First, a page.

The Whoopee Boys Eddie Lipschitz
1987 Happy Hour (aka Sour Grapes) Hancock
Million Dollar Mystery Rollie
1988 Critters 2: The Main Course Hungry Heifer Manager
Assault of the Killer Bimbos Dopey Deputy ("Walter")
Dorf's Golf Bible Waldo Second film with Tim Conway
Beverly Hills Vamp Kyle Carpenter Leading role. First film with Fred Olen Ray.
1989 Hollywood Boulevard II Walter
1990 Wedding Band Slappy the Clown Cameo
Dorf Goes Auto Racing Dipstick Third film with Tim Conway
The Raven Red Kiss-Off (aka Dan Turner, Hollywood Detective) Himalayan Operator Cameo
Mob Boss Tony Anthony Leading role. Second film with Fred Olen Ray.
1991 Rock-A-Doodle Snipes Voice only
Teenage Exorcist Eddie Leading role
1994 The Silence of the Hams Video Cameraman Cameo
1995 Mr. Payback: An Interactive Movie Phil the Guard
1996 Spy Hard Rancor Guard Who Gets Spit On Cameo.
1997 The Brave Little Toaster to the Rescue Charlie Voice only
2004 The Polar Express Know-It-All Voice and motion capture. Second film with Robert Zemeckis
2004 School Of Rock Waiter in Bar
2005 Me and Graham: The Soundtrack of Our Lives Himself Documentary film; not yet released.
2009 SpongeBob's Truth or Square Casting call cameo.
2012 I Love You, Eddie Deezen Short film
2013 All I Want for Christmas Larry Eastwood Cameo; third film with Fred Olen Ray

Television[edit]

Year Title Role Notes
1979 Champions: A Love Story Eric Philpot TV movie
1981 Homeroom Ron Carp TV pilot
1982 The Facts of Life Grusky Episode: "The Big Fight"
1983 Magnum, P.I. Mickey Dalrumple Episode: "Squeeze Play"
1984 Punky Brewster Eddie Malvin Recurring Role
Appeared in 8 Episodes
1986 The Fall Guy Merle Monroe Episode: "Lady in Green"
1989 Monsters Demon #2 Episode: "The Demons"
1991 Darkwing Duck Mouth Voice
Episode: "Darkly Dawns the Duck"
1992 Mother Goose and Grimm Ham Voice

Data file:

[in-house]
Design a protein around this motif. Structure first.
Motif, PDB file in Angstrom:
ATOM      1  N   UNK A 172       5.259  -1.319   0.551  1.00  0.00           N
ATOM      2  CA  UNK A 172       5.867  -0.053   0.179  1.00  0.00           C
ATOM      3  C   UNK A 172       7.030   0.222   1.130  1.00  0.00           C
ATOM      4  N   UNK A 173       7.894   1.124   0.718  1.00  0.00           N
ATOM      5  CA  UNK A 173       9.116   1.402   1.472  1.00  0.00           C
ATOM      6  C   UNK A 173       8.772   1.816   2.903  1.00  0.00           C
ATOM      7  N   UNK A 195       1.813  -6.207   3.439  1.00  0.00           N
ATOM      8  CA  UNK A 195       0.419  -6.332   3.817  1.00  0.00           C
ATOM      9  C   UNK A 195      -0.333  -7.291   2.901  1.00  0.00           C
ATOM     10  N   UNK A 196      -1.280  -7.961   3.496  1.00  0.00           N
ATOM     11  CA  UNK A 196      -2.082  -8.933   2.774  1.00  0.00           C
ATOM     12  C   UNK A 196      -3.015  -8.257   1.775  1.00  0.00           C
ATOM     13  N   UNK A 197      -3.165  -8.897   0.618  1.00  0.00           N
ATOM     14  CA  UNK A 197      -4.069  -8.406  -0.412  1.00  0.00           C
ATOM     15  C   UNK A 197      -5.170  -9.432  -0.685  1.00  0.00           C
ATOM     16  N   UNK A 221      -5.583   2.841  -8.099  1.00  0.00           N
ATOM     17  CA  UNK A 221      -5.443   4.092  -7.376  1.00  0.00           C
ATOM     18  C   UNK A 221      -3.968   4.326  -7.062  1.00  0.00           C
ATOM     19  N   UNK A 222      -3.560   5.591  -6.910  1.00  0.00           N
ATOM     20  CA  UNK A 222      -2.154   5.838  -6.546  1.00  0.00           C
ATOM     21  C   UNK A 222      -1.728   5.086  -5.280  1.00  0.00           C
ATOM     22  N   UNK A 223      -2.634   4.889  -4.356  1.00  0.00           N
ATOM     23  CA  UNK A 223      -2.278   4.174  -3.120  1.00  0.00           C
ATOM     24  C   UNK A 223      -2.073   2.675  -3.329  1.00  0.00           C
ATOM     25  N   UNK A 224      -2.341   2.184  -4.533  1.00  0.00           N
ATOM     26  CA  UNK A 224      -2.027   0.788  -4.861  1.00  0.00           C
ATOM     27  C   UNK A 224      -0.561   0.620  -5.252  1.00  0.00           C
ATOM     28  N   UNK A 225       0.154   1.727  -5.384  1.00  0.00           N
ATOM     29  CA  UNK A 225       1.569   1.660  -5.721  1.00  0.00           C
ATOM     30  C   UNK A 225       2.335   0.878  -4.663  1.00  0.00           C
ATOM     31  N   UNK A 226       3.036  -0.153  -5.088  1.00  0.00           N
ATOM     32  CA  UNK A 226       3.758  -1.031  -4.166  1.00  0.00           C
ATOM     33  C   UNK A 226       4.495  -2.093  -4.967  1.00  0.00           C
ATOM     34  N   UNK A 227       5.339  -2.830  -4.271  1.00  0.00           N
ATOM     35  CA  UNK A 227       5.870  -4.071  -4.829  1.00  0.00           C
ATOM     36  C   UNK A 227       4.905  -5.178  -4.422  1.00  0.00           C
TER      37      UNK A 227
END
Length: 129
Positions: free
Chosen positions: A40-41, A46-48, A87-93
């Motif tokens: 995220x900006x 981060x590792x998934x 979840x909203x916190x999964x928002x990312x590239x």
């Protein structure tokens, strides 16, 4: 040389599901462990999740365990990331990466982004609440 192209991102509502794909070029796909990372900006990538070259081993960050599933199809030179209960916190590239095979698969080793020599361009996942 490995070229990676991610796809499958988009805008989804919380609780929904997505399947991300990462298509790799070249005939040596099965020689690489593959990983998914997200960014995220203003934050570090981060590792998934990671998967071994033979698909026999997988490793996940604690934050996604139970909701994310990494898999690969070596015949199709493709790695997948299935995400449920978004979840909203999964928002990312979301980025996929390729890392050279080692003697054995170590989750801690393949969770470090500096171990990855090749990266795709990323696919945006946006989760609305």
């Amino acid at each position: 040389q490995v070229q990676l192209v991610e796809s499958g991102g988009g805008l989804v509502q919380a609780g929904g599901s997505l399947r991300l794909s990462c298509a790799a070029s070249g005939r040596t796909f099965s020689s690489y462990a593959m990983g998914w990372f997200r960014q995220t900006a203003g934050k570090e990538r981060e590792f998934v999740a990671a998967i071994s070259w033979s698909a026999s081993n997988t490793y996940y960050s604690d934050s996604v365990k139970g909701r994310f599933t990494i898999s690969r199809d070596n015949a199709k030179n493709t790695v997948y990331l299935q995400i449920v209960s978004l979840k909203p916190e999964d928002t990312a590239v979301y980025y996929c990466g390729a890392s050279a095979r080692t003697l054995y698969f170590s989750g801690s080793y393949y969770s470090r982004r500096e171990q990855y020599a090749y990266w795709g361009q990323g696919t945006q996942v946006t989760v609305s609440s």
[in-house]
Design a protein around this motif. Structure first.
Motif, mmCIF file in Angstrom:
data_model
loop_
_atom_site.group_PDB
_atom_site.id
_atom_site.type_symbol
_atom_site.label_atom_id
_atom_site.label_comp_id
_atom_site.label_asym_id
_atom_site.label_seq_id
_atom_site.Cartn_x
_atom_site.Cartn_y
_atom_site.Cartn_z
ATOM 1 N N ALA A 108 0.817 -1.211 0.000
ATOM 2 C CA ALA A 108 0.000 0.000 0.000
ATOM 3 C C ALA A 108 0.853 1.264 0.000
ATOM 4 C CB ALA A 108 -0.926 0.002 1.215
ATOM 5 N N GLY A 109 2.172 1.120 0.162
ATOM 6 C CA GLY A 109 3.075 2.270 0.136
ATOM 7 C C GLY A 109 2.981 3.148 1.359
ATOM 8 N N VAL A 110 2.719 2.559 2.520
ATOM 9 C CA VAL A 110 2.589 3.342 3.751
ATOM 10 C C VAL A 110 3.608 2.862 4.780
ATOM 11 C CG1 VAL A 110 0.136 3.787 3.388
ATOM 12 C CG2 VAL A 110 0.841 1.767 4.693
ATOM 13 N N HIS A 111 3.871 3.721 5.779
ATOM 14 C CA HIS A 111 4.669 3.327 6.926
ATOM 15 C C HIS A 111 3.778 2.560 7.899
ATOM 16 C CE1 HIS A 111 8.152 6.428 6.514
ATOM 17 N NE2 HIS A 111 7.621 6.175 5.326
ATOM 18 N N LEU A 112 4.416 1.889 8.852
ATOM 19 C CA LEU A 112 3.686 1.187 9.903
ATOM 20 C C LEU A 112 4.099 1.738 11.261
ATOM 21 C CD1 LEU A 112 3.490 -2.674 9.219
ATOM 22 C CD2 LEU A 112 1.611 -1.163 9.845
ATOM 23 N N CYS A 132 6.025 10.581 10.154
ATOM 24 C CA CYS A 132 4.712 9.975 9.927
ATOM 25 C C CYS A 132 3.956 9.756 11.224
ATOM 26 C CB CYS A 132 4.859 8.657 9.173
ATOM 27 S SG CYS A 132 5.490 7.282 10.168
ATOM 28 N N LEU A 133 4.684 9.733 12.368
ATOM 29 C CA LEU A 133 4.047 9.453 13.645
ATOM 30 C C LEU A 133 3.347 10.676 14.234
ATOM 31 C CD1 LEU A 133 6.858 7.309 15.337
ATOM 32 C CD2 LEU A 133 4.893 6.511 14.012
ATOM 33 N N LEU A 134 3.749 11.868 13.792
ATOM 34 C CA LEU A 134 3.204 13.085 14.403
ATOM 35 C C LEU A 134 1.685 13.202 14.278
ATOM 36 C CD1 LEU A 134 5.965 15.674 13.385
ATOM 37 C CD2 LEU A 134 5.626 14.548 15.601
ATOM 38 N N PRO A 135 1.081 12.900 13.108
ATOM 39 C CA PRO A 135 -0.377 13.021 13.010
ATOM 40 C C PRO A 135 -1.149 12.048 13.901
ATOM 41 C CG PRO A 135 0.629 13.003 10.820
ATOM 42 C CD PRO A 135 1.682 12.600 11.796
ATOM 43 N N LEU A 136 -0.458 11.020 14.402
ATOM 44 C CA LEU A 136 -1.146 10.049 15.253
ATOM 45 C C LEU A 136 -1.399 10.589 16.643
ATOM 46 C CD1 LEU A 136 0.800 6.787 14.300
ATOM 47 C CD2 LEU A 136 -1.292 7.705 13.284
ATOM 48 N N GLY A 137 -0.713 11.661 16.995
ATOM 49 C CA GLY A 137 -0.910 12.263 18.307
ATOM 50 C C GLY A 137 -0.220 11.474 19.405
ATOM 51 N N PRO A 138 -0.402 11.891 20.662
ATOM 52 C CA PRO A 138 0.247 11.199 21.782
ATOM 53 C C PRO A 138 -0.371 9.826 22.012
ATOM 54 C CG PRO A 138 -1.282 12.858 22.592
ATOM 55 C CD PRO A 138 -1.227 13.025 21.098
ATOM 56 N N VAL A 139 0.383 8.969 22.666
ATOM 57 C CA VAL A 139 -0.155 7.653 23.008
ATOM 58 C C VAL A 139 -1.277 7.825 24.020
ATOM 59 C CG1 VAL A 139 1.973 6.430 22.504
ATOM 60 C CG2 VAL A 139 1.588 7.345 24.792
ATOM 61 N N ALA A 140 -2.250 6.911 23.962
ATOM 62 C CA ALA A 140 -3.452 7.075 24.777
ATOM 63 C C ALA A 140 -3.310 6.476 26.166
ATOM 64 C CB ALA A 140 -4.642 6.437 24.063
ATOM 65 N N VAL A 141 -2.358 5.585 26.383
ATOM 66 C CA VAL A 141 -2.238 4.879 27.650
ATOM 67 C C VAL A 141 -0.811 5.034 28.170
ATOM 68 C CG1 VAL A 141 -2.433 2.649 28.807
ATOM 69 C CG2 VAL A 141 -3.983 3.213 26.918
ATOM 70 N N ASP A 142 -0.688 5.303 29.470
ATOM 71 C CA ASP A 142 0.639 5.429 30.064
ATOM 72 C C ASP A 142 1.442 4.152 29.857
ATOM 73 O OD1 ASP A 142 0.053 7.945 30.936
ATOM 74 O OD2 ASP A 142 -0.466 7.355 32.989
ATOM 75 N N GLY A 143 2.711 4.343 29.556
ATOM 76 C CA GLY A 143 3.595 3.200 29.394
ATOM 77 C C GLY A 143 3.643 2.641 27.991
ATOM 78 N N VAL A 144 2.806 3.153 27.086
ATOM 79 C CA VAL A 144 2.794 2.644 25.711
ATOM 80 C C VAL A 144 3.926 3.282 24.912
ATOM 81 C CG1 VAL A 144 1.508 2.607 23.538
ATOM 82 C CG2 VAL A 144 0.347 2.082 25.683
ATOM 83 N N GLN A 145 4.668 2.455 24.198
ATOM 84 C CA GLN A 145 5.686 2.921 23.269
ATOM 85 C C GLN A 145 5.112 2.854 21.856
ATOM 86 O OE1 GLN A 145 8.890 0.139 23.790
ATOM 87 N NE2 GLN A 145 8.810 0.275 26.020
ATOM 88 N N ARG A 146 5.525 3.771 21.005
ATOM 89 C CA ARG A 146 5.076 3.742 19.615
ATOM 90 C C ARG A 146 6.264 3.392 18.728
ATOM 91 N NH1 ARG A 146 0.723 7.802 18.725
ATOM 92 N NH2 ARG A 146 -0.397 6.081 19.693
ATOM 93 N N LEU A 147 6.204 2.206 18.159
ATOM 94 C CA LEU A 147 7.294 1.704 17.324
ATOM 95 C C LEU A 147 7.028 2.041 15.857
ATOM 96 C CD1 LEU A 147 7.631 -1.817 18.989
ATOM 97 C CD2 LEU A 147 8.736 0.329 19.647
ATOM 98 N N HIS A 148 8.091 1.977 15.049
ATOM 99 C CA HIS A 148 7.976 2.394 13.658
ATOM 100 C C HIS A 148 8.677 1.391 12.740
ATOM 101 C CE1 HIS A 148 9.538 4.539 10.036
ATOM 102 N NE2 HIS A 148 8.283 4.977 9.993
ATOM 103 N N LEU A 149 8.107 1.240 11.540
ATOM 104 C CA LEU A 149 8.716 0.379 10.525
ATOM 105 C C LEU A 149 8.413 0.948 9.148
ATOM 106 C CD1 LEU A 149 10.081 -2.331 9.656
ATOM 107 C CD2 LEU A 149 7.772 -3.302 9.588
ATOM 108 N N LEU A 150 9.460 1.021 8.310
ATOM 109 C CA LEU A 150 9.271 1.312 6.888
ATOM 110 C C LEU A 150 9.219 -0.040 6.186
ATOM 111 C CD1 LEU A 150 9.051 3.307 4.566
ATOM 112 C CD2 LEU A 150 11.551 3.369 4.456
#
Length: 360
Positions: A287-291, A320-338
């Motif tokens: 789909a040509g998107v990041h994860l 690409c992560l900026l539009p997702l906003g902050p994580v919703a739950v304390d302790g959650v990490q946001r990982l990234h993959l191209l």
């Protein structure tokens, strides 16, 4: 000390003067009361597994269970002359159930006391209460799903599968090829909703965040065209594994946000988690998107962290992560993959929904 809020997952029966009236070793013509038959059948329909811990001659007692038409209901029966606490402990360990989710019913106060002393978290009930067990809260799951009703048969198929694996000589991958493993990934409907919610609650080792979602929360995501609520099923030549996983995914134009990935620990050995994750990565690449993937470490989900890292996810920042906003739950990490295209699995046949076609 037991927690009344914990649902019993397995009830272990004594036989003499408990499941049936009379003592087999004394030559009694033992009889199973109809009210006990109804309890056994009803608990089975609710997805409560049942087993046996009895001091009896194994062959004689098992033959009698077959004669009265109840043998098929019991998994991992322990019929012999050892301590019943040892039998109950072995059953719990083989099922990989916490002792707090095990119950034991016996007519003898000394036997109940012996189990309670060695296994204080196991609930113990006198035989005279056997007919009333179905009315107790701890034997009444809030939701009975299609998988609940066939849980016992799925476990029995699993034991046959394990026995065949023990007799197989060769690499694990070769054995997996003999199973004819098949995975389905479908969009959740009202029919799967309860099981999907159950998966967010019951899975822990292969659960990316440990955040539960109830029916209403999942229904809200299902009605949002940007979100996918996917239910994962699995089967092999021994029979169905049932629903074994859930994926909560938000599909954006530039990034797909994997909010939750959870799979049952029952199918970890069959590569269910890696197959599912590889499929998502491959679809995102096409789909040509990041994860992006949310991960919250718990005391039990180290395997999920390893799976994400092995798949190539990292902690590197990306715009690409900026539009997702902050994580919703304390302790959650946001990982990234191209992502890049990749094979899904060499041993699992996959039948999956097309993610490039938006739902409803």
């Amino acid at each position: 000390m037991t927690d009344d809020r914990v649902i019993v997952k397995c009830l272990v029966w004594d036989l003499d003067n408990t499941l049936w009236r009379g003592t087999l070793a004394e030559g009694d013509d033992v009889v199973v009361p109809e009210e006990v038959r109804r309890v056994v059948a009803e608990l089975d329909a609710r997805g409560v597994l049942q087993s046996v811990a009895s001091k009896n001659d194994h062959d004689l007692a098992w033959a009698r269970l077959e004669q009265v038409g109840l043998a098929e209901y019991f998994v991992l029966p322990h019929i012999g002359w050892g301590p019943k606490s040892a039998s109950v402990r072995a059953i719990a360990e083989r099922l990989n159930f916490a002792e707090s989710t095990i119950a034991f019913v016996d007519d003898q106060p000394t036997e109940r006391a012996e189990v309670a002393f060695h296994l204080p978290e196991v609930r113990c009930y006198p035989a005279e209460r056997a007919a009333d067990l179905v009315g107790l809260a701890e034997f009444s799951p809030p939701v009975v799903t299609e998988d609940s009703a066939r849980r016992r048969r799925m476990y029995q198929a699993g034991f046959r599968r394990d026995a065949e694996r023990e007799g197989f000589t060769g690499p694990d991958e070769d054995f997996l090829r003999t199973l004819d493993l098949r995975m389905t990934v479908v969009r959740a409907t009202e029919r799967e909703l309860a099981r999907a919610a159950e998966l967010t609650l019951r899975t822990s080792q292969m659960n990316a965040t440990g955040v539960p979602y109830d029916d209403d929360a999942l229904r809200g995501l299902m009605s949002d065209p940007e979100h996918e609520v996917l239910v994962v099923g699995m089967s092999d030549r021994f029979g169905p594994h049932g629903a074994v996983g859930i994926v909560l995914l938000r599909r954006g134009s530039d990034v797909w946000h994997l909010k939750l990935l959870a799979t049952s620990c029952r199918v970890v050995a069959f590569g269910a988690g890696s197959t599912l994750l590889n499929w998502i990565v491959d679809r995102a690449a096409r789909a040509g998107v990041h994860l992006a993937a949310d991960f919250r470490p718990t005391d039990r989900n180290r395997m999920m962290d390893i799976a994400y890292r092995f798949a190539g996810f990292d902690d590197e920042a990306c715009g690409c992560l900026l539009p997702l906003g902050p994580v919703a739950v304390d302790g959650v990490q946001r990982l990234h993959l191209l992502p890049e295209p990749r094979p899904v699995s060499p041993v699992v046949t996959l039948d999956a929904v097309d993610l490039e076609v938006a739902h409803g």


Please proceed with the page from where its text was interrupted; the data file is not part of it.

Appeared in 2 episodes
Goof Troop Road Hogs Biker Voice
Episode: "Queasy Rider"
Eek! the Cat Ringo Voice
Episode: "Bearz 'N the Hood"
1994 Scooby-Doo in Arabian Nights Caliph Voice
TV movie
Aaahh!!! Real Monsters Bulletin Board Monster Episode: "Cold Hard Toenails/Attack of the Blobs"
1994–1996 Duckman Iggy Catalpa Voice
Appeared in 3 episodes
1995 The Computer Wore Tennis Shoes Agent Tucker Live-action TV movie; remake of the 1969 Disney film.
1996–2003 Dexter's Laboratory Mandark Voice
Series regular
Appeared in 13 episodes
1996–1997 Life with Louie Melvin Voice
Appeared in 4 episodes
1996 Mighty Ducks Alvin Yasbek Voice
Episode: "Mondo-Man"
Timon & Pumbaa Bahuka Voice
Episode: "Alcatraz Mataz/Oahu Wahoo"
1997 The Weird Al Show The Guy Boarded Up in the Wall Appeared in 4 episodes
1998 Cow and Chicken Glasses Boy Voice
Episode: "Can Cow Come Out and Play/Horn Envy"
The Lionhearts Tex Hardbottom Voice
Episode: "Brown Dog Day"
The Secret Files of the Spy Dogs D'Cell Voice
Episode: "D'Cell/Halfday"
1999 Dexter's Laboratory: Ego Trip Mandark Voice
TV movie
Johnny Bravo Oswald Voice
Episode: "A League of His Own/Johnny Goes to Camp/Buffoon Lagoon"
1999–2000 Disney's Recess Frank 'Tiny' Sedgwick Voice
Appeared in 3 episodes
2001 Behind the Music Himself Documentary. Episode: "Grease"
Lloyd in Space Larry Voice
Recurring character
Oswald Andy Pumpkin Voice
Appeared in 2 episodes
2002 VH1's Where Are They Now? Himself Documentary. Episode: "Grease"
2002–2007 Kim Possible Ned Voice
Recurring character
2003–2005 What's New, Scooby-Doo? Gibby Norton Voice
Appeared in 3 episodes
2005 Coconut Fred's Fruit Salad Island Slurpy the Bat Voice
Episode: "A Cold Day on Fruit Salad Island/Five Nuts and a Baby"
Kim Possible Movie: So the Drama Ned TV movie
2009 Chowder Todd Voice
Episode: "Sheboodles"
2010 Pound Puppies Carlton J. Stankmeyer Voice
Episode: "The Yipper Caper"
2012 Handy Manny Zip Voice
Episode: "Hank's Birthday","The Tools' New Team" and "The Great Garage Rescue"

Video games[edit]

Year Title Role
2004 The Polar Express Know-It-All
2006 Cartoon Network Racing Mandark
2009 Cartoon Network Universe: FusionFall Mandark

References[edit]

  1. ^ Eddie Deezen Biography Film Reference
  2. ^ a b c Revenge of the '80s Radio. October 17, 2008 episode. www.revengeofthe80sradio.com.
  3. ^ a b c d e Leibling, Adam. 'Eddie Deezen: Before Geek was Chic' READ Magazine.
  4. ^ a b c d Neibauer, James L. 'An Interview with Eddie Deezen' www.roguecinema.com.
  5. ^ "Back to School: A Retrospective". Rock 'n' Roll High School DVD.
  6. ^ The Radio Dan Show. Eddie Deezen Radio Interview radiodanshow.podomatic.com
  7. ^ I Heart Chaos Eddie Deezen Interview www.iheartchaos.com
  8. ^ I Love You, Eddie Deezen. Iloveyoueddiedeezen.blogspot.nl (2012-11-19). Retrieved on 2014-06-26.
  9. ^ "PMC 35: Eddie Deezen". Pop My Culture podcast. March 6, 2011. 
  10. ^ Deezen, Eddie (April 20, 2011). "My Aflac Duck Audition". www.eddiedeezen.com. 
  11. ^ "Thoughts on my 55th Birthday"' www.eddiedeezen.com
  12. ^ "mental_floss Blog >> Eddie Deezen". Mental floss. 
  13. ^ "Eddie Deezen on Neatorama". Neatorama.com. 
  14. ^ "Welcome a New Writer to Today I Found Out, Eddie Deezen". TodayIFoundOut.com. 

External links[edit]

Interviews[edit]